Although fault models derived from seismic reflection data often provide an excellent view of 3D fault geometries at a large scale, outcrop analogues can give additional geometric and kinematic constraints to help bridge the critical scale-gap needed to integrate seismic and borehole datasets. We use terrestrial laser scanning (ground-based LiDAR) to carry out precise measurements of the 3D geometry of well exposed fracture surfaces. A case study using regular laser-scanning of an active opencast coal mine, provides additional constraint, with 3D fault geometries sequentially revealed throughout the rock volume, as the coal face progressively migrates with time.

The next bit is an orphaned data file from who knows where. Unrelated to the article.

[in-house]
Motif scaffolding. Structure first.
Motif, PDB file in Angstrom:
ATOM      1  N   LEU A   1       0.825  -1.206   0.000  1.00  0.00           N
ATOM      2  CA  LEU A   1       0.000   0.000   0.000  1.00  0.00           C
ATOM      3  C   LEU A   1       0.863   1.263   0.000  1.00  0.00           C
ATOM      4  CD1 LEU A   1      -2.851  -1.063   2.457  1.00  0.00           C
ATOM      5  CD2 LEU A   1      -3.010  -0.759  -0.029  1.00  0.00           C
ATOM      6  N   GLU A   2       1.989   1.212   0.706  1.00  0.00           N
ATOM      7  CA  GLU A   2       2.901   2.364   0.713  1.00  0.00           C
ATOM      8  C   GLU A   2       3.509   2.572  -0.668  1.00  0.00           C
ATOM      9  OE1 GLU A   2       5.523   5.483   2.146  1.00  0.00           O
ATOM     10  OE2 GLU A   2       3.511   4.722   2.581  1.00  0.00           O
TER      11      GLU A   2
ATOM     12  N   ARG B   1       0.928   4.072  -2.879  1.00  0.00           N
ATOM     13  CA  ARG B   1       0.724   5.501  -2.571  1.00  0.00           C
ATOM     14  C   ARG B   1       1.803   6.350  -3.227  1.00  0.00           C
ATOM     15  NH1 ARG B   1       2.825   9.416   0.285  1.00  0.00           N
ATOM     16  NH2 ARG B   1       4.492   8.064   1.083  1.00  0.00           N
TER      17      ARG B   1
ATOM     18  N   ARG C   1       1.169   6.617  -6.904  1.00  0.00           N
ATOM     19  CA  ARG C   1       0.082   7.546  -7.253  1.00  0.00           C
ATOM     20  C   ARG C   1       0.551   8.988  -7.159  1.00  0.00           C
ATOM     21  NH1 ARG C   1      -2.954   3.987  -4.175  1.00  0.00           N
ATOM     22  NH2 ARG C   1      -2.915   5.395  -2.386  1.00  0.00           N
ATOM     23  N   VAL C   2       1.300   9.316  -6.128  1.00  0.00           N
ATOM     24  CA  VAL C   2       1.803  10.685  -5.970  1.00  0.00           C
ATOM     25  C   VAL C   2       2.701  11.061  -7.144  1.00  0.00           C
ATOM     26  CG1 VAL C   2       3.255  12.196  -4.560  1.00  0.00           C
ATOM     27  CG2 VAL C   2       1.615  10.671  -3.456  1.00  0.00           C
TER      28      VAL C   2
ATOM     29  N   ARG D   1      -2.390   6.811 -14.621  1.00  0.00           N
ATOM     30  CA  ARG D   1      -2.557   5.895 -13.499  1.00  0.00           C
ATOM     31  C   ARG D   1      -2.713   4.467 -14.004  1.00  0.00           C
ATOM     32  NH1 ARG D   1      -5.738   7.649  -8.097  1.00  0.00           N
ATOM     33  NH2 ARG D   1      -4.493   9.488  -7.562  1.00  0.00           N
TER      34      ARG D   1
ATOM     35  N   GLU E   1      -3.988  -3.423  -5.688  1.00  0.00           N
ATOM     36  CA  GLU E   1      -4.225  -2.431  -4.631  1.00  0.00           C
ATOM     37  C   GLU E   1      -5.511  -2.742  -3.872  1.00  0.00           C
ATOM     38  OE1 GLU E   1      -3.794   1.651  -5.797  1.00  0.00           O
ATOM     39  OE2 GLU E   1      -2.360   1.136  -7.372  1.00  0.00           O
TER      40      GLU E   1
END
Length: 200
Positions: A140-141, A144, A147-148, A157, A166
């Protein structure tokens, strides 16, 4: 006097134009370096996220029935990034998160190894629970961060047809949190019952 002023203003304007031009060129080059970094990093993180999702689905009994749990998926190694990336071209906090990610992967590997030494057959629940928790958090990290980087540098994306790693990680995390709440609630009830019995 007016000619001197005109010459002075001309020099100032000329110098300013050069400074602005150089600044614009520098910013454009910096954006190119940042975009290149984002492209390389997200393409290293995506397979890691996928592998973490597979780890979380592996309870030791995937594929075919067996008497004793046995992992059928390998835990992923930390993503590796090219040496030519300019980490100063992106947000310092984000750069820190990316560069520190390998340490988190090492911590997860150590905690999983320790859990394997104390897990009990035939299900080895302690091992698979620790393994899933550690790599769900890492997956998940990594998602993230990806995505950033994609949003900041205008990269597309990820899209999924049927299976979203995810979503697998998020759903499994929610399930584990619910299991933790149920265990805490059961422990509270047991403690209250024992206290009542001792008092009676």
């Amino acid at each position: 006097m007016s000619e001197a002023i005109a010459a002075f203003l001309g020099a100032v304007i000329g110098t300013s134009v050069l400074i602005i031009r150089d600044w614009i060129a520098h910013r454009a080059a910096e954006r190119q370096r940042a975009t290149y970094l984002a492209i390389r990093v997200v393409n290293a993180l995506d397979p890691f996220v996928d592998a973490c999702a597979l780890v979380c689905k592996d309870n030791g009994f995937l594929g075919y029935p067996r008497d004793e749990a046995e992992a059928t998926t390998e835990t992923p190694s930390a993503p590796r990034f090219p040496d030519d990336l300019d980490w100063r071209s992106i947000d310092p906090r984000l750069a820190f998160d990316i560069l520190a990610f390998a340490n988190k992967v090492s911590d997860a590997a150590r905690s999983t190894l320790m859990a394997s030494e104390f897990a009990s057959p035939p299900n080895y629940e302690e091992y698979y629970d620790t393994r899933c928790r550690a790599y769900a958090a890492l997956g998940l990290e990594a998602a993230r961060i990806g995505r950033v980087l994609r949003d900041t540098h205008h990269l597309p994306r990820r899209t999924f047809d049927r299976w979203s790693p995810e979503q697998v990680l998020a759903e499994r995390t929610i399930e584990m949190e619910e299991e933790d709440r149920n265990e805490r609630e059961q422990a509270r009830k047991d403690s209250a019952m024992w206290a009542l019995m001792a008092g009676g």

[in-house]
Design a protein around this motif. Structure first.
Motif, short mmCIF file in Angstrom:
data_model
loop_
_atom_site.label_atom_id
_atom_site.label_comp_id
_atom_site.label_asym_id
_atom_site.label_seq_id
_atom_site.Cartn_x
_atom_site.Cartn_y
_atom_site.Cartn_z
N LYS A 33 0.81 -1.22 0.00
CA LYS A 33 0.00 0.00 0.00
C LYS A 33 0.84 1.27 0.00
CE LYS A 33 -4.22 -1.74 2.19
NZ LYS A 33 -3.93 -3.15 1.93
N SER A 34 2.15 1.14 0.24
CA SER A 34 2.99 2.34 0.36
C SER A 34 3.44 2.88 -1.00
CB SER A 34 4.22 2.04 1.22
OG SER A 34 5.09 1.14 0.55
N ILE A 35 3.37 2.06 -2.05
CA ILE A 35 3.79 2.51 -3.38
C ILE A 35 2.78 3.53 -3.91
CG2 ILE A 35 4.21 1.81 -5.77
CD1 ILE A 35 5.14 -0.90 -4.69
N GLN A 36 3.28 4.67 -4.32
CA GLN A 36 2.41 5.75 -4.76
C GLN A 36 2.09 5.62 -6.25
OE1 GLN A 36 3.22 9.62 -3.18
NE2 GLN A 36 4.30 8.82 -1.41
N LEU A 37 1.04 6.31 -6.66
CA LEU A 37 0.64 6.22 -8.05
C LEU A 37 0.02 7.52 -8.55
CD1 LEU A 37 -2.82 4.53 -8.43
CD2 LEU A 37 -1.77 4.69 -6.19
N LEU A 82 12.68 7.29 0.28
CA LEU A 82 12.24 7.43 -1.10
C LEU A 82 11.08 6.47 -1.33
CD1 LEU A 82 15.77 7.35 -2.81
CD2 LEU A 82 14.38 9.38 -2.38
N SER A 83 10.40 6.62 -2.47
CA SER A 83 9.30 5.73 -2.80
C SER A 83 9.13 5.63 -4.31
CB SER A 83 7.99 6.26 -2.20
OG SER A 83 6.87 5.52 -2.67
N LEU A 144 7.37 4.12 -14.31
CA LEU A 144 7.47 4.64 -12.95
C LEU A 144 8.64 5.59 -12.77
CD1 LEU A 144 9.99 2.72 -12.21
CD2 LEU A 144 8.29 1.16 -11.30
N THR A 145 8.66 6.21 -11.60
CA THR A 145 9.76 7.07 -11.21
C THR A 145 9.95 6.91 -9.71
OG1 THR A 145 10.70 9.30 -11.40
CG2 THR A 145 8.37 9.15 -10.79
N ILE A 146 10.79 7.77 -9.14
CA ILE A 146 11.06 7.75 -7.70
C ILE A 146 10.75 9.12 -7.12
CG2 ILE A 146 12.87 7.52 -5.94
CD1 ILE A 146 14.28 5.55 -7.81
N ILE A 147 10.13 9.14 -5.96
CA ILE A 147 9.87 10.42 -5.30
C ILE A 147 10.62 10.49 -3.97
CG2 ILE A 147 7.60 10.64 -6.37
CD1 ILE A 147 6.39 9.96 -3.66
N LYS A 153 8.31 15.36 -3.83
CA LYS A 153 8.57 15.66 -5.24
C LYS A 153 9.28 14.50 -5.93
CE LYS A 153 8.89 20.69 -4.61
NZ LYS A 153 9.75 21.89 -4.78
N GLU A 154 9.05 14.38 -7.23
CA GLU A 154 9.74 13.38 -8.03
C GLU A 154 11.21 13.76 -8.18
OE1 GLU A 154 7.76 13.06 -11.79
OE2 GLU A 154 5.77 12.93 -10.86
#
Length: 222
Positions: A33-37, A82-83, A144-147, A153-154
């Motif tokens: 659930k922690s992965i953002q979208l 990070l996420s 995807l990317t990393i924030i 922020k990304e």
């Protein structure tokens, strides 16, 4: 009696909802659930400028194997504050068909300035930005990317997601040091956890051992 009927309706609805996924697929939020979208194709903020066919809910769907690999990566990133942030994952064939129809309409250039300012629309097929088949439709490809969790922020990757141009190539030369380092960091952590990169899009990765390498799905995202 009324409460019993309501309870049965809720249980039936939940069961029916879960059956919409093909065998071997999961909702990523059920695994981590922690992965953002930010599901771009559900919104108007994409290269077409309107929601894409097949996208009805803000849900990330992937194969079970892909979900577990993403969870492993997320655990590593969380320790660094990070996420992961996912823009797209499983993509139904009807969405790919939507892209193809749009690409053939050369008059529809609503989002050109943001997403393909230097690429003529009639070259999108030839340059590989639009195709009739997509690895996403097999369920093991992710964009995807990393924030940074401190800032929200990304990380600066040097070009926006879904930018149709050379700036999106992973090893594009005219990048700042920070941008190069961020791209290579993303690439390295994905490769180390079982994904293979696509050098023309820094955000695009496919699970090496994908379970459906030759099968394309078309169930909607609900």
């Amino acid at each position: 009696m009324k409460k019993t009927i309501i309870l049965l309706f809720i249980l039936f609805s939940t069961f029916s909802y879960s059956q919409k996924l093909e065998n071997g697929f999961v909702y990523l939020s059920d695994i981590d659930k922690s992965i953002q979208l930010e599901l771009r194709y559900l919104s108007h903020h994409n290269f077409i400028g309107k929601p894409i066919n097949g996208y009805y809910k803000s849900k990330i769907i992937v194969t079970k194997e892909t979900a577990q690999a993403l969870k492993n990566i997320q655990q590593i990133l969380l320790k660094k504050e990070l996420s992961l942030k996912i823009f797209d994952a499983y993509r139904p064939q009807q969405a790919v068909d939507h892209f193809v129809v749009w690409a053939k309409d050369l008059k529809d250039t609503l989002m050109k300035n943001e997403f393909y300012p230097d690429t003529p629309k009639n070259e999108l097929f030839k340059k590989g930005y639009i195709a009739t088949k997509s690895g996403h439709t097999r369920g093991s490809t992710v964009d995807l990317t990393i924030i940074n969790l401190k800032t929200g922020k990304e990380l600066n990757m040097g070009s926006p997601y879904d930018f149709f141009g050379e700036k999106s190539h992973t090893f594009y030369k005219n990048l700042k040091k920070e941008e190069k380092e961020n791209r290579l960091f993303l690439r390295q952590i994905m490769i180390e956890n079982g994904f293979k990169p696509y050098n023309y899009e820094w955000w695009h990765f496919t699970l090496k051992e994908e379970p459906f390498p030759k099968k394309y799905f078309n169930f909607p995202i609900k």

The laser scan data provide unprecedented detail and allow spatial variation in various fracture attributes to be quantified, including 3D curvature, fracture connectivity, branch-line geometry, relationship between corrugations and fault splays, detailed fault throw profiles, and the spatial correlation between fracture density and fold curvature. Measurement of such fracture parameters, collected from a range of outcrop analogues, provides direct quantitative input for calibration of geomechanical models, and for validation of fracture networks derived by deterministic or stochastic methods.